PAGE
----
Loving the Church

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I was privileged to spend the last few days with about 150 other pastors and denominational leaders at the offices of the North American Mission Board in Alpharetta, GA. We were all there for the same purpose: to learn how to save, revitalize, and replant dead and dying churches. I met some really great men of God who have been shepherding congregations for years—some for decades.

I was there because I love the Church. By that I don’t just mean, “My church,” I mean the Church as the Body of Christ—in all of her different forms and with all of her struggles. Over the years I’ve had friends who saw the Church differently than I. Some had no regard for her, others were disillusioned with her, and some just wanted her to look a certain way before they would buy-in.

My love for the Church is rooted in my theological understanding of her, but it started well before I grasped any of that. It started in what many would consider to be small churches where my Father pastored or was on staff. As a child I never remember thinking my church was cool or uncool, I don’t really remember thinking all that much about the Church as separate entity, because my family was so closely tied to the life and ministry of the church. In many ways it was who we were and what we did. And although I can see some potential issues with that in hindsight, that was the environment of my formative years and it produced in me a heart-felt attachment to the Body of Christ that became a spiritual attachment when I met Jesus at 10 years old.

I grew up in imperfect churches, but I was able to watch my father faithfully preach and lovingly lead and shepherd his people through the good times and the bad. I saw my mother play the piano and teach Sunday School and even lead worship when needed. I saw faithful saints who rose early to make coffee and fold bulletins and turn on the baptistry heater. I saw men of God serve as deacons and break their backs to create more space for young families who they believed we could reach.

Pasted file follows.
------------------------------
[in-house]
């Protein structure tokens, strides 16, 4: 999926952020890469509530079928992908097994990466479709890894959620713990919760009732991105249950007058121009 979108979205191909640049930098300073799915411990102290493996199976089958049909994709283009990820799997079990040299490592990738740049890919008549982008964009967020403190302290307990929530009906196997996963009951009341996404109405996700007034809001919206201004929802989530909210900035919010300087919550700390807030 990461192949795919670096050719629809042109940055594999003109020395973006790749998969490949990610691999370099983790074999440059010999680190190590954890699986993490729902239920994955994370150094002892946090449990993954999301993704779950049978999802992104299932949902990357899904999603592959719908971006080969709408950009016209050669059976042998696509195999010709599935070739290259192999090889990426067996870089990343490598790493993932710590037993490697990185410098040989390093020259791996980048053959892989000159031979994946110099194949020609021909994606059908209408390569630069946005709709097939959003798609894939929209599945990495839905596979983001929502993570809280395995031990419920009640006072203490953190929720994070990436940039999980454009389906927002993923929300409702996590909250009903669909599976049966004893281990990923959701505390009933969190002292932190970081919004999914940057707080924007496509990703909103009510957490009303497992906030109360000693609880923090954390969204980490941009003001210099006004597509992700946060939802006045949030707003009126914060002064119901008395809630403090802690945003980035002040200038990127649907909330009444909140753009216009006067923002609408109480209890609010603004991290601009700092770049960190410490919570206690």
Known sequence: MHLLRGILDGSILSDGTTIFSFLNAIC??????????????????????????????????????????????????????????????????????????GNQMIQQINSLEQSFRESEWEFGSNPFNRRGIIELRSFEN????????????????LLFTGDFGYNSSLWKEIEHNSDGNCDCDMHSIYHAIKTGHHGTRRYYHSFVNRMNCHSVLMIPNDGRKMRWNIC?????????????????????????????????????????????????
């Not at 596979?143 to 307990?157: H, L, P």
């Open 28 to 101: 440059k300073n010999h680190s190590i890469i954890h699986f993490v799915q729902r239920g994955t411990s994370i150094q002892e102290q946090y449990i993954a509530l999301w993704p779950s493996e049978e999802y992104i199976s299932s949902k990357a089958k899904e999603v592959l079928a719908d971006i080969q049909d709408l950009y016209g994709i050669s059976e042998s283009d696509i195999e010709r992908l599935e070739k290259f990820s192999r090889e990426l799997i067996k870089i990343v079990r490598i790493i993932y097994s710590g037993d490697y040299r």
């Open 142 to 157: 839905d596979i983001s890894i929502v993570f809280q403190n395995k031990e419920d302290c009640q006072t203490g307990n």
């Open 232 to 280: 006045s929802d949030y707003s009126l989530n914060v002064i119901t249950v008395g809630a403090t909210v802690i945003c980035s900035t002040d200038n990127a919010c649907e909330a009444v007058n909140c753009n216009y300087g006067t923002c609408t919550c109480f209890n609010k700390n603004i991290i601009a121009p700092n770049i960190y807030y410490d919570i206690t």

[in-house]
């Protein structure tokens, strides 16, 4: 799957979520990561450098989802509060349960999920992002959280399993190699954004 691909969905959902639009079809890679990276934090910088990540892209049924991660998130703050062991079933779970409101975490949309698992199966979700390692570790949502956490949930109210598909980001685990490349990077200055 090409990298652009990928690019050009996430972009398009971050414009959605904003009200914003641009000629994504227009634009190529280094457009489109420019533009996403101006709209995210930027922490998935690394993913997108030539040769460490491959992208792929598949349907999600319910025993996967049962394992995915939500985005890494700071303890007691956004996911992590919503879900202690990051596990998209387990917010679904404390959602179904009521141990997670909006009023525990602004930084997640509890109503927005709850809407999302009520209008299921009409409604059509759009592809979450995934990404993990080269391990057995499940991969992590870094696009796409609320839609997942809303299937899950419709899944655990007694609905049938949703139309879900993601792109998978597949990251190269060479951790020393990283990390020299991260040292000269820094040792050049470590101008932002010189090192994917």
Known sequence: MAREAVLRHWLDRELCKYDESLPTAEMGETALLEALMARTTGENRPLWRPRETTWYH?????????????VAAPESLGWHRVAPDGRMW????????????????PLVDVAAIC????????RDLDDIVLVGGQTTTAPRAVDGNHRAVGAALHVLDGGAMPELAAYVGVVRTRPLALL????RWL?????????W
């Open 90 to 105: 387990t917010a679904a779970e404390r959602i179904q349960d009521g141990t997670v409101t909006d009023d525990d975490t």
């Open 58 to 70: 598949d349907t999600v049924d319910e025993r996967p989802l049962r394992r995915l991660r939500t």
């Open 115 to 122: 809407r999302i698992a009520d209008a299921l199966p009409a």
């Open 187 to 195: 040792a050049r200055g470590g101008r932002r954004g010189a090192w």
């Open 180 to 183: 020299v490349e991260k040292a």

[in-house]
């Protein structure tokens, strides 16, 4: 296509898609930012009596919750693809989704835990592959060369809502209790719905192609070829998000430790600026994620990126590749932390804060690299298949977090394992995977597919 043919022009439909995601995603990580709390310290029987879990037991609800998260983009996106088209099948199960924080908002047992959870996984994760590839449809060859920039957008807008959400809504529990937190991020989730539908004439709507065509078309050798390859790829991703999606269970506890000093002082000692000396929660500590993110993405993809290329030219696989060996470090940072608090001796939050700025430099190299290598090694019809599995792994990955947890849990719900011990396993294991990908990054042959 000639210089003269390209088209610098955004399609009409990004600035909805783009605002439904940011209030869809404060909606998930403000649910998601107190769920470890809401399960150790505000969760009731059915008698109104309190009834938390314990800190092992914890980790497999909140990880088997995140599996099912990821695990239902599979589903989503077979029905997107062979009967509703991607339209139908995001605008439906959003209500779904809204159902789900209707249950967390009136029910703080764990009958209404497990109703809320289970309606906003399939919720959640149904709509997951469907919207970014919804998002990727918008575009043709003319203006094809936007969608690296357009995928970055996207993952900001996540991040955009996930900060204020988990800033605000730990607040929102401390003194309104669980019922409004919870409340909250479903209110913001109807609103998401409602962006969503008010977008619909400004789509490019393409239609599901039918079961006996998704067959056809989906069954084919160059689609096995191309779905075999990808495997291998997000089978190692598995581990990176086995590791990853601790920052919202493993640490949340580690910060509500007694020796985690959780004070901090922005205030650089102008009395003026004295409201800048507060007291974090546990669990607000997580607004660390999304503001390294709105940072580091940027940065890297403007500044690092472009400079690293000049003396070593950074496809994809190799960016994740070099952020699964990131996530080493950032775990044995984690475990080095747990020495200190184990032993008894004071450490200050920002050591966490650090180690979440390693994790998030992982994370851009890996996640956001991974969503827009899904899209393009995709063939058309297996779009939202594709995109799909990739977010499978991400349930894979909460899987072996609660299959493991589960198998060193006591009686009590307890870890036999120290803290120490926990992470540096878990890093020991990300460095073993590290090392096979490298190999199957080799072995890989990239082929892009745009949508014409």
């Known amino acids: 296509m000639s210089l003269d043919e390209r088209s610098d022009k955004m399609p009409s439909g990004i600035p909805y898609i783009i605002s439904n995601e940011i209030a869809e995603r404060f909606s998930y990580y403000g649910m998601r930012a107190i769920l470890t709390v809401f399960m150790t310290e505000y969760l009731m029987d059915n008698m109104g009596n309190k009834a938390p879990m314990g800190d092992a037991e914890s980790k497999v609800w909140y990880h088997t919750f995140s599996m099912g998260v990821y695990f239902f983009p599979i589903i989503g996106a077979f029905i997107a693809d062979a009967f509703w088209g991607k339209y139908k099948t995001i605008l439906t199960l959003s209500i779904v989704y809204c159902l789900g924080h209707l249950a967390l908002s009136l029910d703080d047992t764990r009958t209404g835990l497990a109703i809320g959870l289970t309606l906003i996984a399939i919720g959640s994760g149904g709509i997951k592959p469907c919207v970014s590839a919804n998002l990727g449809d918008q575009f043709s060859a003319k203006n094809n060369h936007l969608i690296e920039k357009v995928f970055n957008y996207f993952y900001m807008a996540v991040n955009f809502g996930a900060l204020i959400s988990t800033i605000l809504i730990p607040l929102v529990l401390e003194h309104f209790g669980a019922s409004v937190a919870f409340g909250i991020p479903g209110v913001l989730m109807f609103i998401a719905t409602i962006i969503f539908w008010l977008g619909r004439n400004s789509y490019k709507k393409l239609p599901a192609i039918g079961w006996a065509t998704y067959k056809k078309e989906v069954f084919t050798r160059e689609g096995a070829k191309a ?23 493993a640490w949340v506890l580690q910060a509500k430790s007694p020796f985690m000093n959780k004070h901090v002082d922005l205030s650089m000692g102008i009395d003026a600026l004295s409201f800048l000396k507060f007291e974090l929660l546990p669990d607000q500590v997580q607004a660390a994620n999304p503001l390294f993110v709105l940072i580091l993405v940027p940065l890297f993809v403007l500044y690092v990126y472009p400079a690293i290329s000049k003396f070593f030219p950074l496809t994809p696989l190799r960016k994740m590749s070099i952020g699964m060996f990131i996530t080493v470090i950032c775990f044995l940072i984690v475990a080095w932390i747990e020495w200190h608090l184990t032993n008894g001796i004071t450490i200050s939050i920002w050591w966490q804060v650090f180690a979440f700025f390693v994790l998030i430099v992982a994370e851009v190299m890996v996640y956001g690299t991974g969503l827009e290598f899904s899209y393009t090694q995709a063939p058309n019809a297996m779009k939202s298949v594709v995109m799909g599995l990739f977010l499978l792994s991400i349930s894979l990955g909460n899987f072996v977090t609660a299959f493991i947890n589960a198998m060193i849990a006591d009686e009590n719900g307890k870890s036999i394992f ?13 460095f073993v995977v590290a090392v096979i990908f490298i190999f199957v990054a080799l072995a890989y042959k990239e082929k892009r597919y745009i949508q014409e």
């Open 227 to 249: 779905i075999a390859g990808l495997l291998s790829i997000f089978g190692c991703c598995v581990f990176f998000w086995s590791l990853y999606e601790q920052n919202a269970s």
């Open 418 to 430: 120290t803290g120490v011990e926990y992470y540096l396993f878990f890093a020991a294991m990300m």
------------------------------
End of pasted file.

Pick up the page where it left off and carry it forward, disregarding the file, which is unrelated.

Some who grew up in these less-than-ideal churches bolted as soon as freedom allowed it, but I found myself called to serve the church when I was just 15 years old. Back then I had a very clear understanding of what my role would be {wink}, but over time, God has allowed me to serve several churches, start two from scratch, and be a pastor in more than one area of ministry. It’s been painfully wonderful.

Through the highs and lows, victories and defeats, I still find myself loving the Church and believing the best for her. I have a penchant for identifying areas that can be improved, so I understand why some think I’m pessimistic. But the truth couldn’t be more different. You see, I drive past churches in my community and I pray for those people and those pastors. I pray that they will be refreshed if they’re weary and supplied if they’re needy. I pray that the gospel will be preached and that disciples will be made. I’ve read the same stats many of you have regarding decline in our churches, but I have hope. Because although I may see where they need to improve, I also believe with all my heart that they actually can do it!

I believe that Jesus will build his church and that the gates of hell will not prevail against it. I believe that will continue to look like brand new churches starting and reaching hundreds or thousands, and I believe it will look like established, legacy churches being revitalized and reaching their fullest potential. You see, I love the Church primarily because Jesus loves the Church and he laid down his life for her. We should be willing and ready to do the same.

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